Hoffman Named a Fellow in the National League for Nursing Academy of Nursing Education
Baltimore, Md. – Janice Hoffman, PhD, RN, assistant professor and assistant dean for the Bachelor of Science in Nursing program at the University of Maryland School of Nursing (UMSON), is one of 28 honorees who will be inducted as Academy of Nursing Education Fellows at the National League for Nursing’s (NLN) annual Education Summit, to be held in September in Washington, D.C.
As a newly named fellow, Hoffman has been lauded for her contributions to the nursing education community in the areas of leadership and innovative teaching and learning strategies. Hoffman’s scholarly activities include presentations and consultations to schools of nursing related to curriculum development, creative teaching stragegies, test construction and analysis, and teaching and evaluation in clinical settings regionally, nationally, and internationally.
“I am both thrilled and humbled to have been selected as an Academy of Nursing Education Fellow by the National League for Nursing,” Hoffman said. “It is an honor to be recognized for my contributions to nursing education, as teaching and working with students are my true passions.”
The NLN established the Academy of Nursing Education in 2007 to foster excellence in nursing education by recognizing and capitalizing on the wisdom of nurse educators who have made sustained and significant contributions to nursing education. Fellows provide visionary leadership in nursing education and in the Academy of Nursing Education, and support the vision of the NLN to promote standards of excellence in nursing education that will increase the number of graduates from all types of nursing programs.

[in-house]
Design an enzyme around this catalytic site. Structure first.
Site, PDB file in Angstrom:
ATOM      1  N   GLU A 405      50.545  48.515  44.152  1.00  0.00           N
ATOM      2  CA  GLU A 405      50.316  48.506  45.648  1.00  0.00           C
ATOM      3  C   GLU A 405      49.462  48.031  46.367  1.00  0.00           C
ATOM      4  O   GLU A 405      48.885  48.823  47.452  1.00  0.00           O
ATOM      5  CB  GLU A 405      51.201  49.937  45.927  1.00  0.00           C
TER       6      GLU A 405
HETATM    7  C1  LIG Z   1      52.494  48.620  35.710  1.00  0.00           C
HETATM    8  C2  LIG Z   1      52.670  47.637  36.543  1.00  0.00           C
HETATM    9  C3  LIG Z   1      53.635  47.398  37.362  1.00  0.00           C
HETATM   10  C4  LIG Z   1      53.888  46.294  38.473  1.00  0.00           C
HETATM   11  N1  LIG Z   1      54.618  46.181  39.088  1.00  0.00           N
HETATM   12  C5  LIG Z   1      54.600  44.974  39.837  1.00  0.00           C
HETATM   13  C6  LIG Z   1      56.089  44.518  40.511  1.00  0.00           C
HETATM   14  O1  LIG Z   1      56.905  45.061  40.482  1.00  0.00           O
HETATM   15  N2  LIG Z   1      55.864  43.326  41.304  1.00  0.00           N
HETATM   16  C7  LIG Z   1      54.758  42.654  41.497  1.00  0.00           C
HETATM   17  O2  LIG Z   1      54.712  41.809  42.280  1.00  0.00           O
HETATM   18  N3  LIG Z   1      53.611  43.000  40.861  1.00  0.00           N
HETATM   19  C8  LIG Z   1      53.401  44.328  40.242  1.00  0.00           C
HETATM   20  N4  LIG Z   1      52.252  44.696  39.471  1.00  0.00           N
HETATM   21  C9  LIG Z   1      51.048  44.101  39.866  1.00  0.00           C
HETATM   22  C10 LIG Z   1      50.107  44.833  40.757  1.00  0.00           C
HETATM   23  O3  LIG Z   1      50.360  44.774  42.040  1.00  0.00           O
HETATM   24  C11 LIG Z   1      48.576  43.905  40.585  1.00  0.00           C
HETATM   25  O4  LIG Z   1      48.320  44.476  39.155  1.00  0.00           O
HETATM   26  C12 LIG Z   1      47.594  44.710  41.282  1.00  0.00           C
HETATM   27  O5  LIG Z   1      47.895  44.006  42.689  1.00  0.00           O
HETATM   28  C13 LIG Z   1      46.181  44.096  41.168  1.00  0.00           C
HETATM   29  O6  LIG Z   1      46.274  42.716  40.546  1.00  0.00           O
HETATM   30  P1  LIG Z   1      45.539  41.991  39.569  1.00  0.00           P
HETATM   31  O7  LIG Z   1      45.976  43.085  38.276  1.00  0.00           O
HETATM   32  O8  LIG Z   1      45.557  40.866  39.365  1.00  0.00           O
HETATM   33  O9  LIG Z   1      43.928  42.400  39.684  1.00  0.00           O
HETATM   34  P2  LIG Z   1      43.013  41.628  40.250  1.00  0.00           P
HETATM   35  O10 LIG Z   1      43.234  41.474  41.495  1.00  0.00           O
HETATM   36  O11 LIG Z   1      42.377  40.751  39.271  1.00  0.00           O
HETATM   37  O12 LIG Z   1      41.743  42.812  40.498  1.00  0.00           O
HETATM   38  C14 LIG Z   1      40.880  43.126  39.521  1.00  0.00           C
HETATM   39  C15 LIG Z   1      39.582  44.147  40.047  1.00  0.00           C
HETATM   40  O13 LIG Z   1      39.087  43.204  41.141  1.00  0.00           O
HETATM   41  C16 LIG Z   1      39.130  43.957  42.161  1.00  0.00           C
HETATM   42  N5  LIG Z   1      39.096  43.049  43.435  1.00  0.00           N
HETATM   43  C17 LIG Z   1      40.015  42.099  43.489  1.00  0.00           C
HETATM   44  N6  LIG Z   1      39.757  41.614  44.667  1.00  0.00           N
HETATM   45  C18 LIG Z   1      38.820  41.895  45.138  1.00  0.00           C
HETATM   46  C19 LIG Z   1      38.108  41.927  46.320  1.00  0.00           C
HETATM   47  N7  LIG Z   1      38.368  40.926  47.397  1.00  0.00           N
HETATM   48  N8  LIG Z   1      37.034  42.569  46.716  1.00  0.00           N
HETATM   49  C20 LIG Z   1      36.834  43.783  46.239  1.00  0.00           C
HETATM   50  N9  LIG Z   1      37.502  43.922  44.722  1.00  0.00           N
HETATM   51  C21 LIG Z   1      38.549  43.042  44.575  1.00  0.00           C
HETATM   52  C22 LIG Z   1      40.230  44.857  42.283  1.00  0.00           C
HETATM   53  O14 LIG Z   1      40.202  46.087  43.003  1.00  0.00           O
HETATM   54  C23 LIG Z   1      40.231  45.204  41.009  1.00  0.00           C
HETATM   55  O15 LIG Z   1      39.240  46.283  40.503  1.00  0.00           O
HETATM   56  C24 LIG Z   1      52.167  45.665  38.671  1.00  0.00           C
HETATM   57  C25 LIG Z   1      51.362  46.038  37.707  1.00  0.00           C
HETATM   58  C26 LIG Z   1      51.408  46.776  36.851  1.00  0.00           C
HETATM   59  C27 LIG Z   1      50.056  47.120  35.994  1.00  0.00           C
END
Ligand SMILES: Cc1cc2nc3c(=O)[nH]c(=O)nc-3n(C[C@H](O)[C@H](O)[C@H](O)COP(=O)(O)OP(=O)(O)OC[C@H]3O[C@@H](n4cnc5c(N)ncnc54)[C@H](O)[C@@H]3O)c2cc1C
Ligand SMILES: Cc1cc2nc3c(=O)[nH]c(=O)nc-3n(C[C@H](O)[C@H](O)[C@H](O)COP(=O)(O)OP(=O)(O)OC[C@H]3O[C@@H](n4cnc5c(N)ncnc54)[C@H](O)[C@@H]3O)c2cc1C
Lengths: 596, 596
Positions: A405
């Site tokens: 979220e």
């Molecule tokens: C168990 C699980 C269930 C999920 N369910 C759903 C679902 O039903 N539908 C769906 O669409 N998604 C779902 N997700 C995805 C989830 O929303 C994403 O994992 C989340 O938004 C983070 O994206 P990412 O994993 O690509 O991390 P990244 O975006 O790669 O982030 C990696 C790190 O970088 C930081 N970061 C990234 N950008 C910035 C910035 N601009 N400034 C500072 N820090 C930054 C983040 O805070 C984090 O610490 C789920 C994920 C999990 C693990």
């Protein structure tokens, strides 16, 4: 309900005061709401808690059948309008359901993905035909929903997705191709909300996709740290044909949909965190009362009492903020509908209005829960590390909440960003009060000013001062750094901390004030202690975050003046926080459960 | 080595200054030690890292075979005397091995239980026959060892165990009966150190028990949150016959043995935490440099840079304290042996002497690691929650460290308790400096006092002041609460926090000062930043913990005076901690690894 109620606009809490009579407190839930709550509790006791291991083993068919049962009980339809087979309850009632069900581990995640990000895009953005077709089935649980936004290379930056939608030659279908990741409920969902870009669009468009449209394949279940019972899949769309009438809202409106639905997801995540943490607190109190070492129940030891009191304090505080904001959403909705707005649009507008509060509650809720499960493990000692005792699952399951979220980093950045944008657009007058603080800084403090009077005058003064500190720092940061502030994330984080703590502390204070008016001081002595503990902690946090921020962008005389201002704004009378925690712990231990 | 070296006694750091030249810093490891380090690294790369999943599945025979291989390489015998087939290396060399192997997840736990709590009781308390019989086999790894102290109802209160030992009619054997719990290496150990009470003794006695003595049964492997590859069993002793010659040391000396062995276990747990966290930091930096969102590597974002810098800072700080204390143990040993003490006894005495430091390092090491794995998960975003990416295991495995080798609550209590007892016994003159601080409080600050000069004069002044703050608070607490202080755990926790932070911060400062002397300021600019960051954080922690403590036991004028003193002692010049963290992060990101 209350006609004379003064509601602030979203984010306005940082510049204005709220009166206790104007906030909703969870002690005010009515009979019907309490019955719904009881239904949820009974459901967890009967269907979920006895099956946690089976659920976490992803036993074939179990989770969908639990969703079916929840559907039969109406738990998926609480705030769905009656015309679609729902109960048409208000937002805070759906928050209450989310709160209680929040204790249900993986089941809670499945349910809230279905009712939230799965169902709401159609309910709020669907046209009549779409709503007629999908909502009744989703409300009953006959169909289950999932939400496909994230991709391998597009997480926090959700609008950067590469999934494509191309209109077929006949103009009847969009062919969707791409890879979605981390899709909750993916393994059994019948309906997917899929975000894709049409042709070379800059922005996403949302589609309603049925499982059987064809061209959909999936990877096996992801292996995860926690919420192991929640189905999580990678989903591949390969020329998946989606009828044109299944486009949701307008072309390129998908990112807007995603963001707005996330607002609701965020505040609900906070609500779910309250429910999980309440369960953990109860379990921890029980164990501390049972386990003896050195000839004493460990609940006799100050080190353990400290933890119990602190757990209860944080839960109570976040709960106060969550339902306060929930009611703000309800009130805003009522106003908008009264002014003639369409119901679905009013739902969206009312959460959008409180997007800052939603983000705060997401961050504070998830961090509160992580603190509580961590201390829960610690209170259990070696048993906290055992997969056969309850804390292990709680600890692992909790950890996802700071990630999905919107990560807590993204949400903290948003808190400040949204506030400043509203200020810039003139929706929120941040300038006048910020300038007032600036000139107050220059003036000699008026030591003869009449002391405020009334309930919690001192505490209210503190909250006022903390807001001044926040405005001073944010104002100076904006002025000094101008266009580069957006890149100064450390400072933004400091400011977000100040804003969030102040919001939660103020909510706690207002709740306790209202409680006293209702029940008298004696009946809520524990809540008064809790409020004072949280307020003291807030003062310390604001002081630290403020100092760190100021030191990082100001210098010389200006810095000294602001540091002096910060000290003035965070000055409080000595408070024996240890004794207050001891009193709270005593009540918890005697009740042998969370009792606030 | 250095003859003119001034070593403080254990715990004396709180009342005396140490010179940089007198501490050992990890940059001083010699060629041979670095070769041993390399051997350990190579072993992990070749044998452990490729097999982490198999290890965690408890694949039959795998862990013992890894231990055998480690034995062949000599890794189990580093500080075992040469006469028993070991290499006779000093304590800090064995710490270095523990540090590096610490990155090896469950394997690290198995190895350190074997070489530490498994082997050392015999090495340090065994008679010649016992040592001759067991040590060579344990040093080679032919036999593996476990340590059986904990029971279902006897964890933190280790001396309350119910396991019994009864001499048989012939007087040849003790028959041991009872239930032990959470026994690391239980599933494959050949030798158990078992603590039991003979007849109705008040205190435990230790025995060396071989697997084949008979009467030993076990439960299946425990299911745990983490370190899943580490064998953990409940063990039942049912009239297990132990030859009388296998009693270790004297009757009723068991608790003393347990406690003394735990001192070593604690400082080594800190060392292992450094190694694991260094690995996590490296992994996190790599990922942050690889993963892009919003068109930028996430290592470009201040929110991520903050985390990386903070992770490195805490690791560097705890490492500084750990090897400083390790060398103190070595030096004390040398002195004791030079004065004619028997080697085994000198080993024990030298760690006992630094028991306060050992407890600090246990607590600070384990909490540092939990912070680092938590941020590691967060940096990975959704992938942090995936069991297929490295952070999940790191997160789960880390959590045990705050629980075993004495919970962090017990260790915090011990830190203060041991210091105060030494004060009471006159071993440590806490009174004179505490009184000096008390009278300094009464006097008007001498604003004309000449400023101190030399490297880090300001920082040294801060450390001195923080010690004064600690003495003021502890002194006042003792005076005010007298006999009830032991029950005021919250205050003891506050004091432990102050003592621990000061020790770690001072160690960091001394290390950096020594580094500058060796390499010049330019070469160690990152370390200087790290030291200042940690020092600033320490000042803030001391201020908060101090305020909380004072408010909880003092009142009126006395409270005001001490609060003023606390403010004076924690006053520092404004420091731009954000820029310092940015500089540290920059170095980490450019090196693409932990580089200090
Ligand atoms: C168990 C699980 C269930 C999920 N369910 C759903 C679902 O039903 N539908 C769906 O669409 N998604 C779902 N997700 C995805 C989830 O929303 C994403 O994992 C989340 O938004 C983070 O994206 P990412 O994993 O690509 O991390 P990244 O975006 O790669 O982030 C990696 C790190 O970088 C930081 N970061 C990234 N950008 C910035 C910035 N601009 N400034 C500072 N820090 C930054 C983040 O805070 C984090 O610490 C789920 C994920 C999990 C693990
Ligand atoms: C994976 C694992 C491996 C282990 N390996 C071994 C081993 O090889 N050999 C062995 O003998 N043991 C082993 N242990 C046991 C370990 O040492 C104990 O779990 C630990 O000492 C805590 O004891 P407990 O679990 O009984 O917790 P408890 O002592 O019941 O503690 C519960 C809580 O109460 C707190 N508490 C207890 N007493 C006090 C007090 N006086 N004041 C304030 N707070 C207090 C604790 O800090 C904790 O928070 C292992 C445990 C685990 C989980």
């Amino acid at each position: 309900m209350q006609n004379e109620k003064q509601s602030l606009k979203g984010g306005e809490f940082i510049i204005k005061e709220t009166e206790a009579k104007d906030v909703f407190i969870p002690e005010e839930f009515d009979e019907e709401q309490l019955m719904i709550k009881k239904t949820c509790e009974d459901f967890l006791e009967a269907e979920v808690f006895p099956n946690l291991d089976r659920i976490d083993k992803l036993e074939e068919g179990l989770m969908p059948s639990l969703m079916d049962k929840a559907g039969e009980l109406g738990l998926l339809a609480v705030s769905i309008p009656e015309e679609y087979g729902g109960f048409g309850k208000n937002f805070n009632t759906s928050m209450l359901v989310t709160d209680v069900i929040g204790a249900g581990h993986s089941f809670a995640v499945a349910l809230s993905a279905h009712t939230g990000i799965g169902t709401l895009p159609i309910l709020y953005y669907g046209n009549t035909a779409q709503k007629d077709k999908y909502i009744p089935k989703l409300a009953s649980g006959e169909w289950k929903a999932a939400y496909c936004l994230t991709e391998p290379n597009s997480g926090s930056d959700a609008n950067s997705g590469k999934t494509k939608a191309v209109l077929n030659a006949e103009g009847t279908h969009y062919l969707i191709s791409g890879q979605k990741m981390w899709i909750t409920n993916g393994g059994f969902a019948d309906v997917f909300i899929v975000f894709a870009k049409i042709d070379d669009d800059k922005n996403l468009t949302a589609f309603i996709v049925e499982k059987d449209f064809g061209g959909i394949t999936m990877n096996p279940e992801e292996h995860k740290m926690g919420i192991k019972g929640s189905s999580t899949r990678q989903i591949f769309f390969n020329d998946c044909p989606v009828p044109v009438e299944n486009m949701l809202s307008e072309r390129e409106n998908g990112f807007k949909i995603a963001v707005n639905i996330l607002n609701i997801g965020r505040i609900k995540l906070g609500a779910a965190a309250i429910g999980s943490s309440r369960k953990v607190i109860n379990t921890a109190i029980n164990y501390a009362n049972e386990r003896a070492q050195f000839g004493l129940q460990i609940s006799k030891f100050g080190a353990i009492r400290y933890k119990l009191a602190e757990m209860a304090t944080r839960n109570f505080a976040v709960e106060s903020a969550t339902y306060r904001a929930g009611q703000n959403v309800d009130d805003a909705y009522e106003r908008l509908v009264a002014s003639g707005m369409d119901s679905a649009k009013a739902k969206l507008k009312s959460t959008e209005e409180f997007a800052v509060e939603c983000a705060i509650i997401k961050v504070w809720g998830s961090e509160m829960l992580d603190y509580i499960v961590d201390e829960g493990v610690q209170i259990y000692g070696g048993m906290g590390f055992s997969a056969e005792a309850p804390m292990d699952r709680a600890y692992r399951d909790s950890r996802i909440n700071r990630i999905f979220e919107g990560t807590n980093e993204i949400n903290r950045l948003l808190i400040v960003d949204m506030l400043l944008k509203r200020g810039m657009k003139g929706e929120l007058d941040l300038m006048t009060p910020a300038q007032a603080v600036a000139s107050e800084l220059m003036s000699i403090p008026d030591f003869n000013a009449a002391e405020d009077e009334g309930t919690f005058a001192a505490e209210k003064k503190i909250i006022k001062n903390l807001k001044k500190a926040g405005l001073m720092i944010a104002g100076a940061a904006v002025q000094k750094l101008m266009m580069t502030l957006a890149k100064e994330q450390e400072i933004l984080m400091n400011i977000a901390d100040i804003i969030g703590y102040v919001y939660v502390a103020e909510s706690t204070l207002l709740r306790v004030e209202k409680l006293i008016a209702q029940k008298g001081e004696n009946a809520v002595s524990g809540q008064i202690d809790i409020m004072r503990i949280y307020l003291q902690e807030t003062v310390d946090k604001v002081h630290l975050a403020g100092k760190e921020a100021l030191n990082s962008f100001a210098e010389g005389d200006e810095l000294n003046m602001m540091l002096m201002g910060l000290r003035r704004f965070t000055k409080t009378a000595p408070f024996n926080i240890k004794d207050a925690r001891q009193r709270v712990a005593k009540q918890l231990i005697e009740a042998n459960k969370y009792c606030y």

“This award substantiates what our faculty and students already knew about Dr. Hoffman’s contributions to the School of Nursing ̶ she is an innovator,” said UMSON Dean Jane M. Kirschling, PhD, RN, FAAN. “Her teaching style is truly appreciated at the School of Nursing, and we are pleased that her efforts are being recognized on a national level. She has been an ambassador for our School and a resource for new nurse educators and those aspiring to become nurse educators.”
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The University of Maryland School of Nursing, founded in 1889, is one of the oldest and largest nursing schools, and is ranked eleventh nationally. Enrolling nearly 1,700 students in its baccalaureate, master’s, and doctoral programs, the School develops leaders who shape the profession of nursing and impact the health care environment.